Below are two case studies of companies who have successfully leveraged a university partnership.

Case Study: Automotive

Twenty years ago, FCA Canada began partnering with the University of Windsor to operate an Automotive Research & Development Centre. The centre now has a direct role in design and engineering for almost every FCA Canada product, and it has an R&D spend that exceeds $1B.

The facility is equipped with six road-test simulators, proprietary software development, and a range of support facilities. Most recently, FCA Canada invested in a new Vehicle Dynamics Simulator featuring the most advanced driving simulation technology in North America. FCA’s partnership with the University of Windsor is allowing the company to explore new possibilities for vehicle performance and road safety.

Case Study: Food and Beverage

Province Brands of Canada, a company that develops beers brewed from the cannabis plant, recently formed a partnership with a Chemical and Biochemical Engineering professor at the University of Western Ontario to research innovative brewing yeasts. These yeasts will help significantly reduce processing time for the formulation of cannabis and hemp beers, and remove the sweet taste that regular yeast brewing leaves behind.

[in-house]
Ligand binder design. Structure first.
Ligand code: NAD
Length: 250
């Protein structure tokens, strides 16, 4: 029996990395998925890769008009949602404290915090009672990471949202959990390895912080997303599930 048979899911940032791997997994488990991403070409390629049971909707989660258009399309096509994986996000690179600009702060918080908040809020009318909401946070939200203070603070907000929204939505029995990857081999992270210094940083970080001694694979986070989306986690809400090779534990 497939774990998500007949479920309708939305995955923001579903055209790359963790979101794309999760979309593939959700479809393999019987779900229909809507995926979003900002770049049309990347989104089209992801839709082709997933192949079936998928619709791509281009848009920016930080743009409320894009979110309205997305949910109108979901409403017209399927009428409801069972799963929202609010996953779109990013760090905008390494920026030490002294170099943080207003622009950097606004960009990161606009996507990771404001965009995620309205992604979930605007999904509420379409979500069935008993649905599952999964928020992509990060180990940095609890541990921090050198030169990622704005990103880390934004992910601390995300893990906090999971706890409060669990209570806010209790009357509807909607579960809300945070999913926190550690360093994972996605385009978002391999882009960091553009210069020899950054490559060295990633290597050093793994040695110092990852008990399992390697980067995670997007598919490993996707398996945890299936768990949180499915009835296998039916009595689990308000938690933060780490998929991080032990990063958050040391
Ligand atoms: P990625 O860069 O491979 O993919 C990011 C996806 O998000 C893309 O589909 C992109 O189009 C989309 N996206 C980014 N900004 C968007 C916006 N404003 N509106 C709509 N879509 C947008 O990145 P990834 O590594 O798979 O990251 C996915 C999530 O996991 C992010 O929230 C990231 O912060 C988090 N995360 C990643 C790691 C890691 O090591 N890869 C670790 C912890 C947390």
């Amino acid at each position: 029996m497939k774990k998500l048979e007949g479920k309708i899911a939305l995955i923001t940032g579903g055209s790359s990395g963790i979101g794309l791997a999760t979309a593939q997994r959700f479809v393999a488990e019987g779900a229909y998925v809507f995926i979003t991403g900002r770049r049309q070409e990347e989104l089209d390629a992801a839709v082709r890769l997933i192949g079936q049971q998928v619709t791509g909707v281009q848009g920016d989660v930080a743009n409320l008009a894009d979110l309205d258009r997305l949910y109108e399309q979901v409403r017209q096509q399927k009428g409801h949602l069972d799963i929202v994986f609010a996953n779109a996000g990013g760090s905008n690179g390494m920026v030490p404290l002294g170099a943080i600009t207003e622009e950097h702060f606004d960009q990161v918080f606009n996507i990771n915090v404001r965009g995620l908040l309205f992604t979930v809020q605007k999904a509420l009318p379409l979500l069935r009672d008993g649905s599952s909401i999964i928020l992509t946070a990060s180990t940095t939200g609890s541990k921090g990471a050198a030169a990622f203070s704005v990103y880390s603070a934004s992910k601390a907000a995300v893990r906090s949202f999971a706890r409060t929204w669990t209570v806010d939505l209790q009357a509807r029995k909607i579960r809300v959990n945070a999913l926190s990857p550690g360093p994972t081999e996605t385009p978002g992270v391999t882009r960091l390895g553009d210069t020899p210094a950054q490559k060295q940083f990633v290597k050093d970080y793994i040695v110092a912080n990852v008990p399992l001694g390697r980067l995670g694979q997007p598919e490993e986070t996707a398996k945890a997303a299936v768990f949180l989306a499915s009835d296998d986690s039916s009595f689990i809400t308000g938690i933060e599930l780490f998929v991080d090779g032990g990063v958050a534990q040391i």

The project is receiving $45K in funding from the Ontario Centres of Excellence’s Voucher for Innovation & Productivity and the Natural Sciences & Engineering Research Council of Canada’s Alliance program.

2.  Expand Your Labour Pool

Creating strong partnerships with postsecondary institutions can help businesses access highly skilled employees. Graduate internships and undergraduate co-op student programs can help fill gaps in project expertise or provide additional skills for targeted, short-term tasks.

Four out of five small business owners say co-op and internship students add value to their company as a source of new talent and innovative ideas, and provide a pool of future employees.

Businesses can also turn to colleges and universities to recruit new hires from each cohort of recent graduates, which can be essential for high-demand roles.